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  • Writer's pictureBen Pivoz

Challengers


Art (Mike Faist), Tashi (Zendaya) and Patrick (Josh O'Connor) are inextricably linked by love and tennis in Challengers (Distributed by MGM and United Artists Releasing)

Challengers is about a love triangle that is actually about tennis. It is the story of two professional tennis players with a complicated relationship, based mostly around a woman. Luca Guadagnino is an excellent director, known for his handling of eroticism. What is so intriguing this time is that, although it is centered on the sexual feelings these men hold for this woman, there are no sex scenes. There is some nudity (of the male variety) and a few intimate moments, yet no lovemaking occurs onscreen. That is probably because, for her, tennis is sex and everything else is tennis. Guadagnino captures that passion expertly, though he’s a little inconsistent when it comes to translating it to the less inherently dramatic scenes.


The structure, which jumps around in time a lot, is kind of annoying in the way it delivers information after we’ve already figured it out. I’m not sure a linear approach would’ve lost any impact. The tennis matches are filmed pretty well, with a lot of intensity, with the exception of a ball’s-eye-view camera angle that was unpleasant to look at. Guadagnino is more detached here than I usually find him to be, making this story, about three Americans from their late teens into their early 30s, feel strangely French. I enjoyed Challengers quite a bit, while also being mildly frustrated whenever its style overwhelmed its story.


Art and Patrick are best friends and aspiring pro tennis players. When they meet Tashi, a budding superstar, they are both instantly infatuated with her. From that point on, their careers and lives go in very different directions, leading up to a huge championship match that could change the winner’s fortunes.


That they compete against each other in a tournament final isn’t a spoiler because the movie opens with them starting the match. It flashes back-and-forth between that clash and various points in their friendship, mainly focused on their relationships with Tashi. The pacing of Challengers (127 minutes, without the end credits) is interesting due to this. The way the characters bounce off of each other is almost like watching tennis. That makes sense since Tashi lives tennis like it’s her life and lives life like it’s tennis. Scenes are filmed with this concept in mind, creating odd moments where dialogue scenes are interrupted by loud, intense music.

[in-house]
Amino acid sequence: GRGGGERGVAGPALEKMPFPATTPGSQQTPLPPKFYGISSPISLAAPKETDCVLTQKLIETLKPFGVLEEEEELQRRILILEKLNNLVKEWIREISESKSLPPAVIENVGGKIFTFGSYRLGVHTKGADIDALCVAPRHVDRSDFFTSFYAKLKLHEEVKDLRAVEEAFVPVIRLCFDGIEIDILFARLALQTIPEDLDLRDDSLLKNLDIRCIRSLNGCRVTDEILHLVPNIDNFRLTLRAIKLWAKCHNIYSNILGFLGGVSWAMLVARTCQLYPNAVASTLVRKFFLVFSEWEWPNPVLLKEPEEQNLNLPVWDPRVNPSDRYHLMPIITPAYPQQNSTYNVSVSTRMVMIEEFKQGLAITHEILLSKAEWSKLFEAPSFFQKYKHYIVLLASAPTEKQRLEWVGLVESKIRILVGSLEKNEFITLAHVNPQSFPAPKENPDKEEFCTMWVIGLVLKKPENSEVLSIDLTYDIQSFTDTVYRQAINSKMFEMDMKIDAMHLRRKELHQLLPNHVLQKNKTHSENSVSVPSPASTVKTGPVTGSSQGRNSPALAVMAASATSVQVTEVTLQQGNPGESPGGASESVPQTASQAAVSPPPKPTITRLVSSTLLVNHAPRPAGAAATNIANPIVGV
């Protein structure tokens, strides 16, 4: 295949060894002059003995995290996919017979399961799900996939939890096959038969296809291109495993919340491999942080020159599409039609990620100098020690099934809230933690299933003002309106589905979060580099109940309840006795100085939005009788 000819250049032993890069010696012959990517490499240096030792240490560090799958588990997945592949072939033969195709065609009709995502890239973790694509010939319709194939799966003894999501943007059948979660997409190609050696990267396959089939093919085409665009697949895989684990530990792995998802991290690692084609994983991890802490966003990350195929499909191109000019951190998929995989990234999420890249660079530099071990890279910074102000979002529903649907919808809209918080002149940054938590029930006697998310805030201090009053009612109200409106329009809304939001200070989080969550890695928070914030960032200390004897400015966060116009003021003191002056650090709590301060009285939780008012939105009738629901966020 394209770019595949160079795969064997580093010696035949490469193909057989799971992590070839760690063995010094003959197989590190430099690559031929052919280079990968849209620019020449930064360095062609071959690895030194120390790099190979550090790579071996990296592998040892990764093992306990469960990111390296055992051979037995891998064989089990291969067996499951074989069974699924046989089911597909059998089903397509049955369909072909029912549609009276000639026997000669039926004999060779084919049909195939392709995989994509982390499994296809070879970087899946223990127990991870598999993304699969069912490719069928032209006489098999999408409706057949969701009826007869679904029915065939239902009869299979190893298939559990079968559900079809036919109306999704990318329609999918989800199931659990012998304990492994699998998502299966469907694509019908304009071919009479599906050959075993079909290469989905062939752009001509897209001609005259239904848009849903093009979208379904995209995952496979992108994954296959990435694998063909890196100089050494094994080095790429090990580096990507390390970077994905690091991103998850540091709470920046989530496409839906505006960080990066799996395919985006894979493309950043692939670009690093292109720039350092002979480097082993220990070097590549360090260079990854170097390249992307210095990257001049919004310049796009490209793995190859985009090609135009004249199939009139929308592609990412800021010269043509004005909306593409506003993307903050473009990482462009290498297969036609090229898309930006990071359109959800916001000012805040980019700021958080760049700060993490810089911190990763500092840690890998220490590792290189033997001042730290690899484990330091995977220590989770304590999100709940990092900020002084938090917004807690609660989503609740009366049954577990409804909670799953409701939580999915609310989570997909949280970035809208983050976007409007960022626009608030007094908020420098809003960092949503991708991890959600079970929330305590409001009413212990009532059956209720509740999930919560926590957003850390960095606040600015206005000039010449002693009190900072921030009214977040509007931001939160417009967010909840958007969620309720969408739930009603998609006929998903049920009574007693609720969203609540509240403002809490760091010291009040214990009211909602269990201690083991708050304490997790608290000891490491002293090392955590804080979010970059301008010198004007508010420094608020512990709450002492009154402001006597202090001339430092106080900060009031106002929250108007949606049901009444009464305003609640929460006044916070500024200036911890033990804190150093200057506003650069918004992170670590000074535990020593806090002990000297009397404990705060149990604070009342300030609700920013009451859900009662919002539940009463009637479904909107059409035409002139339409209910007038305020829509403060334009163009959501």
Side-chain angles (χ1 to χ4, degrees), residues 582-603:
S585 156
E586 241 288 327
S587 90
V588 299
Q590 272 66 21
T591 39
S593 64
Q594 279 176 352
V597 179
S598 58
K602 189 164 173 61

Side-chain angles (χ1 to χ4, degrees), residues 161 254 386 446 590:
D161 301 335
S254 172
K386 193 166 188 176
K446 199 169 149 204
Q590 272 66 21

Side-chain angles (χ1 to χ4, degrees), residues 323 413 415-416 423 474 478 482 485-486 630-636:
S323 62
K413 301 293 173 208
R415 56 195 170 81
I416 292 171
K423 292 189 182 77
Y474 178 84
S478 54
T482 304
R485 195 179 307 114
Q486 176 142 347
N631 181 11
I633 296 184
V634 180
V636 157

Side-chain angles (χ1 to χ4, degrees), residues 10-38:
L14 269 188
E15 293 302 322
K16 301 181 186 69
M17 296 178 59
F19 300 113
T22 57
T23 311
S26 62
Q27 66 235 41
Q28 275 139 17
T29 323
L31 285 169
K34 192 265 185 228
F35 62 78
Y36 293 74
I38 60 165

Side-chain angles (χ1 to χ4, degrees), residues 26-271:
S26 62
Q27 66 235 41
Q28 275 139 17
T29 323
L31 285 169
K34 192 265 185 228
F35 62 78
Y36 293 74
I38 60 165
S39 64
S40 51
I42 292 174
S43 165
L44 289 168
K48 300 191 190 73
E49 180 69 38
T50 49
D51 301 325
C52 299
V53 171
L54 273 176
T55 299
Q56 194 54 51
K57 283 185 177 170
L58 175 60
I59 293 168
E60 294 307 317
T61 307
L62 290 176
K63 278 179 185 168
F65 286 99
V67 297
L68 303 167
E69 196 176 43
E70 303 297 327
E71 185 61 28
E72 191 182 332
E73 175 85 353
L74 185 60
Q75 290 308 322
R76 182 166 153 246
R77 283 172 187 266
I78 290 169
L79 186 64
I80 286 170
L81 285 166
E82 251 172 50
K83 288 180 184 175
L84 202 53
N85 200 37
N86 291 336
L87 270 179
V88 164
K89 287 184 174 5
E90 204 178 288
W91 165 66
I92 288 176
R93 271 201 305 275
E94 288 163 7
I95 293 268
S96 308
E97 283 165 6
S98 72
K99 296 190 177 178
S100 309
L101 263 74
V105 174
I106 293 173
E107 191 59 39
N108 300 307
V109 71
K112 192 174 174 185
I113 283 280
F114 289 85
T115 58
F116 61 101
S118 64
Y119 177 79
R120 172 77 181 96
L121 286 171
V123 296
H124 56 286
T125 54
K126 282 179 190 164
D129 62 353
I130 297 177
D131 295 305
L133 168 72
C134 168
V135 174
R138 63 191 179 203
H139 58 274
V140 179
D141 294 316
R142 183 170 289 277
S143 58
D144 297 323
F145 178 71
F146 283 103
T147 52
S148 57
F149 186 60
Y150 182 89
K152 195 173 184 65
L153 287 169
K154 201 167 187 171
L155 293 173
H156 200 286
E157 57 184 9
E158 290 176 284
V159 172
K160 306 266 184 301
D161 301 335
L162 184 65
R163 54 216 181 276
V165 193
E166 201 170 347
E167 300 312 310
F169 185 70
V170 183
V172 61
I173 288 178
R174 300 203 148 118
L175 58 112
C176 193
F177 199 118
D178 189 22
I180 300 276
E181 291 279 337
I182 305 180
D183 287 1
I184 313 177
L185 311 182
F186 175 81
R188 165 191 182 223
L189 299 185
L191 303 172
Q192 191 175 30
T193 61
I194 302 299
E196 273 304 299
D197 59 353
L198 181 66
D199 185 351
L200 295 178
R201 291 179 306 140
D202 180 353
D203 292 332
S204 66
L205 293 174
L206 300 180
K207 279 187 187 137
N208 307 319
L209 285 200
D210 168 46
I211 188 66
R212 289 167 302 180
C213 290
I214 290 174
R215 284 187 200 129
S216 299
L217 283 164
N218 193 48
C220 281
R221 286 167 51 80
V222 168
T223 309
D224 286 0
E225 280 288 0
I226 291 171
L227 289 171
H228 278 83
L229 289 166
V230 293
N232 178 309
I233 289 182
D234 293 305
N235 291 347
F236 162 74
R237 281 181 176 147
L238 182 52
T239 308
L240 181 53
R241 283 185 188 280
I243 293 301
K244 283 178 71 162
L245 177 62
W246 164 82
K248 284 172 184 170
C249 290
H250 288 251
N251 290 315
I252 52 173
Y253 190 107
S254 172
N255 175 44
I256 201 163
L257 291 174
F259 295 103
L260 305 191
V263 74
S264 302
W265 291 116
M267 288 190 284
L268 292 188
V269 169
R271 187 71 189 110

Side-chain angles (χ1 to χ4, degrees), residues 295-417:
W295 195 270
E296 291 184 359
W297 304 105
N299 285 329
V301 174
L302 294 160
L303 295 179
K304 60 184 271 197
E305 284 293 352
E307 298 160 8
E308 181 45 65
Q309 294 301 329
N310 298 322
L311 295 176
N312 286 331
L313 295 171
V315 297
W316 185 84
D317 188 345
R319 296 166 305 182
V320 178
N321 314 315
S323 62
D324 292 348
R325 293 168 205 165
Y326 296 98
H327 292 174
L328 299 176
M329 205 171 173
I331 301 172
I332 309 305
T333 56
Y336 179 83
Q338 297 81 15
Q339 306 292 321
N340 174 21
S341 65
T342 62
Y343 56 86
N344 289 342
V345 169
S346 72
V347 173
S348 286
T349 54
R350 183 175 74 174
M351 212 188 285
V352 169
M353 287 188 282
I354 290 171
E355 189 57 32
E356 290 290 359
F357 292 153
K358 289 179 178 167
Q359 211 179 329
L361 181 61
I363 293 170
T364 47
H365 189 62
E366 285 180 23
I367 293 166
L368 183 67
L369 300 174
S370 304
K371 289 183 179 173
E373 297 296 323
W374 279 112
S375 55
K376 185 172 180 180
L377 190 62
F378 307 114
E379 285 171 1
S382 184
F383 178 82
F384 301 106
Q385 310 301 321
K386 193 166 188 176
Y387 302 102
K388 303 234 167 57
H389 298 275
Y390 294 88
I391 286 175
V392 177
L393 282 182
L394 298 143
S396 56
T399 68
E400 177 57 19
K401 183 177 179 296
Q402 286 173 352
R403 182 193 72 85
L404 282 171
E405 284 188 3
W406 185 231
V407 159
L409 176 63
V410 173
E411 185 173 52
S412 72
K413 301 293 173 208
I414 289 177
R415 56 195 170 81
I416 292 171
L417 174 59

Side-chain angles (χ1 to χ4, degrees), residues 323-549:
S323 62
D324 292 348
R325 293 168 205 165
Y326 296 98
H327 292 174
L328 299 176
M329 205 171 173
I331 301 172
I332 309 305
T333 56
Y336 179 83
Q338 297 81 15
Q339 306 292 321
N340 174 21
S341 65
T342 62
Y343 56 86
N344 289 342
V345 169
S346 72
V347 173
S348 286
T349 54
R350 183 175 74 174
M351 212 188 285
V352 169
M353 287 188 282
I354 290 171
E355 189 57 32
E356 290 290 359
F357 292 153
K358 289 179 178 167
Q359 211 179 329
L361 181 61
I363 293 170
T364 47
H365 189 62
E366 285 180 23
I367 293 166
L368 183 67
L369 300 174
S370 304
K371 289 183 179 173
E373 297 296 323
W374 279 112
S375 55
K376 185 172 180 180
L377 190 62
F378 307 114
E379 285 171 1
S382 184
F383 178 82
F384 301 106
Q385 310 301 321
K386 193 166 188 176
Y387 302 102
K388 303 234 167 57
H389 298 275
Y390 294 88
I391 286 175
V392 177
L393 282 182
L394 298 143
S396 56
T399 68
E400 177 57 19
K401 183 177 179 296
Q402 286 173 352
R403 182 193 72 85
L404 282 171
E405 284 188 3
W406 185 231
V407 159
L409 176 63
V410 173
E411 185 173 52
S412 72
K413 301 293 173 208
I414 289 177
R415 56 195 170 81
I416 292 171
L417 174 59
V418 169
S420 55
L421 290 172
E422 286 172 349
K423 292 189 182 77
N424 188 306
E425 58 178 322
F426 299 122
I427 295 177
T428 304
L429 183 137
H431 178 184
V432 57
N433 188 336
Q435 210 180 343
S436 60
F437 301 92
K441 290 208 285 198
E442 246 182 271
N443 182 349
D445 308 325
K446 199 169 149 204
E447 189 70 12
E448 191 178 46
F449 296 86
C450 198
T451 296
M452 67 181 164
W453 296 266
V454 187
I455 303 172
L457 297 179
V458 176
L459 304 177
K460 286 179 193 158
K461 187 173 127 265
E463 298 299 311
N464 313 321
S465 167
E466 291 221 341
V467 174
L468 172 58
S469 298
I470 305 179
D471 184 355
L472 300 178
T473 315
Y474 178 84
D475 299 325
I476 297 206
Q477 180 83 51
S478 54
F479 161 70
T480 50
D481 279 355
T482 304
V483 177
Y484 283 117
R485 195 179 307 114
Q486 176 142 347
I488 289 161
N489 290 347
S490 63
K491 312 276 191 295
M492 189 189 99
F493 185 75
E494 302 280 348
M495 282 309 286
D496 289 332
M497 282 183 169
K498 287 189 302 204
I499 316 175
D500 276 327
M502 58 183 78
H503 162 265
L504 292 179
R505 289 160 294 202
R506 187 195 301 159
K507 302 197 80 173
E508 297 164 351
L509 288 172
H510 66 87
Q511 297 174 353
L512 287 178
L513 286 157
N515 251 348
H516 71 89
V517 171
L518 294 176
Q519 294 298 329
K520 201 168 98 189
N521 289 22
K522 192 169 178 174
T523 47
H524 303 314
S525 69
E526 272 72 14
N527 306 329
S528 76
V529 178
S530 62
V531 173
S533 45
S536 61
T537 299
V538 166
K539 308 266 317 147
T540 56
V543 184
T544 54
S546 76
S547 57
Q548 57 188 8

As Tashi, Zendaya is the driving force of the story and pacing of the movie. Tashi treats every interaction as a point she needs to win. She is manipulative and confrontational, but she is hiding deep personal disappointment and vulnerability. Her feelings toward Art and Patrick can be hard to fully read at times. Is she just using them for entertainment and personal gain? Or does she truly love at least one of them?


Sometimes it feels like she’s purposely pitting them against each other. At others, there’s the distinct possibility that maybe she wishes she could choose both. Zendaya plays Tashi with so much confidence and outward maturity, obscuring the insecurity lurking beneath the surface. It’s a meaty role on the edge of camp and I wonder what this would’ve looked like had Guadagnino let it go there.


As the guys, Mike Faist and Josh O’Connor are fine. Faist, as Art, is less confident of his abilities and more purely in love with Tashi. O’Connor, as Patrick, is arrogant and seems mostly to lust after Tashi. Their friendship comes off as natural and they are fairly charming, especially together. However, Tashi tends to steamroll them, Art more than Patrick, yet even he never seems entirely sure how to handle her. The dramatic tension in the plot comes from their difficulty in reading her. A lot of the entertainment comes from there, too.


Challengers is kind of silly, sometimes intentionally so, with a conclusion that is true to what has come before it, while also being over the top. Luca Guadagnino is working in a different register here. It’s a bit playful, as well as cynical, in its take on sex and love. I didn’t love it, but I had a lot of fun with it.

 

3¾ out of 5

 

Cast:

Zendaya as Tashi

Mike Faist as Art

Josh O’Connor as Patrick

 

Directed by Luca Guadagnino

Written by Justin Kuritzkes

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